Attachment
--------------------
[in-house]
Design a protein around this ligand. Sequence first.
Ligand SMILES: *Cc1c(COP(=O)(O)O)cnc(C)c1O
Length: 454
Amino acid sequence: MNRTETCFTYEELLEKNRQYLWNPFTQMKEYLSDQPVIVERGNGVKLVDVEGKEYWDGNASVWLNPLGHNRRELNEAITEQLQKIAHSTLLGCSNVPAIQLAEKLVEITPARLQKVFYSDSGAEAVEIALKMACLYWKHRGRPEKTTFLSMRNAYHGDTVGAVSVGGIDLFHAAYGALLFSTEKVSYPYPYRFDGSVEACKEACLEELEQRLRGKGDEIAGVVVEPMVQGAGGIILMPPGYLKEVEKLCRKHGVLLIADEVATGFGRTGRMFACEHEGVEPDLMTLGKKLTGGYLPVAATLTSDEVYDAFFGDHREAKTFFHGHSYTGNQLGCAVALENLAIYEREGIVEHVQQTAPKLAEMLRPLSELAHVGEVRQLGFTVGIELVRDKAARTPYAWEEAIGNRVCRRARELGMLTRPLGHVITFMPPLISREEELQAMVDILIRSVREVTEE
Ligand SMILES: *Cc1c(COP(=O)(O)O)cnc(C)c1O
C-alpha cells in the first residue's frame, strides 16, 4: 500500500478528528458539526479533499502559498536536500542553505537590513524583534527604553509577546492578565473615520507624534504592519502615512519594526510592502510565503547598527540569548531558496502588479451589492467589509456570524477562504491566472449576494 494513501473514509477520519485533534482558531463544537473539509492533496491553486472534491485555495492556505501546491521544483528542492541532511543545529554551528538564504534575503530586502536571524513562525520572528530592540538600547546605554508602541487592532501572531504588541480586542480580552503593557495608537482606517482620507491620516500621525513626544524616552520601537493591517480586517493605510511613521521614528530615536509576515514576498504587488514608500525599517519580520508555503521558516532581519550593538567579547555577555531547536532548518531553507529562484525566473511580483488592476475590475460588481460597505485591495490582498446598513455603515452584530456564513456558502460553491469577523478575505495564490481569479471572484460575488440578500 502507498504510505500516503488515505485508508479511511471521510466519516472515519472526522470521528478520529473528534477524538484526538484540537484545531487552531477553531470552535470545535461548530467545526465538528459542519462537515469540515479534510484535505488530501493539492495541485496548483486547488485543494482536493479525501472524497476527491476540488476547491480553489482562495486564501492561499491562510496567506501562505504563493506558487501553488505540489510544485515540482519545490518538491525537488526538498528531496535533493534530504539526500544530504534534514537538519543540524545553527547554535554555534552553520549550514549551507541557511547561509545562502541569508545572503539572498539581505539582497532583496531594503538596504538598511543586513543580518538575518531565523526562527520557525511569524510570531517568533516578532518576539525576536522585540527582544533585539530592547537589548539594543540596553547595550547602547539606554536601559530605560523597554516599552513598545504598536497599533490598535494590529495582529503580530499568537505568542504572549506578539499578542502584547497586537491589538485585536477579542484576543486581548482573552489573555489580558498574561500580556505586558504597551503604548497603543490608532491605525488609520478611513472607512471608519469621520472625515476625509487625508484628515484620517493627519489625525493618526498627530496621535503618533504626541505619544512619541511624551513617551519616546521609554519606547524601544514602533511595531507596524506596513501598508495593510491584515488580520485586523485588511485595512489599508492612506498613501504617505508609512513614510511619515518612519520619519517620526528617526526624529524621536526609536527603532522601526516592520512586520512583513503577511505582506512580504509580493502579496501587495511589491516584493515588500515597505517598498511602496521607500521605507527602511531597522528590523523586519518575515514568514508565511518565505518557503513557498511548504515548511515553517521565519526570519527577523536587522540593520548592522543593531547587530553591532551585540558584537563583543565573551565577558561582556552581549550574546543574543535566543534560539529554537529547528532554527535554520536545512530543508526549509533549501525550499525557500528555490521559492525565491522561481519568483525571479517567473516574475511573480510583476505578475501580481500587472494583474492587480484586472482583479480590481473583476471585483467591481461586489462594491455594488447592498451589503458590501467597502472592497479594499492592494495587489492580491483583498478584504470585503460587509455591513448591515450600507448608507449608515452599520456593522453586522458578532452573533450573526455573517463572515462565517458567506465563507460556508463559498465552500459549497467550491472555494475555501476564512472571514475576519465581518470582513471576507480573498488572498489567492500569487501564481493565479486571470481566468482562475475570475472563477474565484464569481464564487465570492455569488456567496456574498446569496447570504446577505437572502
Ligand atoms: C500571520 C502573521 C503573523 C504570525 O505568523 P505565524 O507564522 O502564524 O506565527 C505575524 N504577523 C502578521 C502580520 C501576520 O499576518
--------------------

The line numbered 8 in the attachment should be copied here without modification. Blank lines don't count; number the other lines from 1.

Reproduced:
Ligand atoms: C500571520 C502573521 C503573523 C504570525 O505568523 P505565524 O507564522 O502564524 O506565527 C505575524 N504577523 C502578521 C502580520 C501576520 O499576518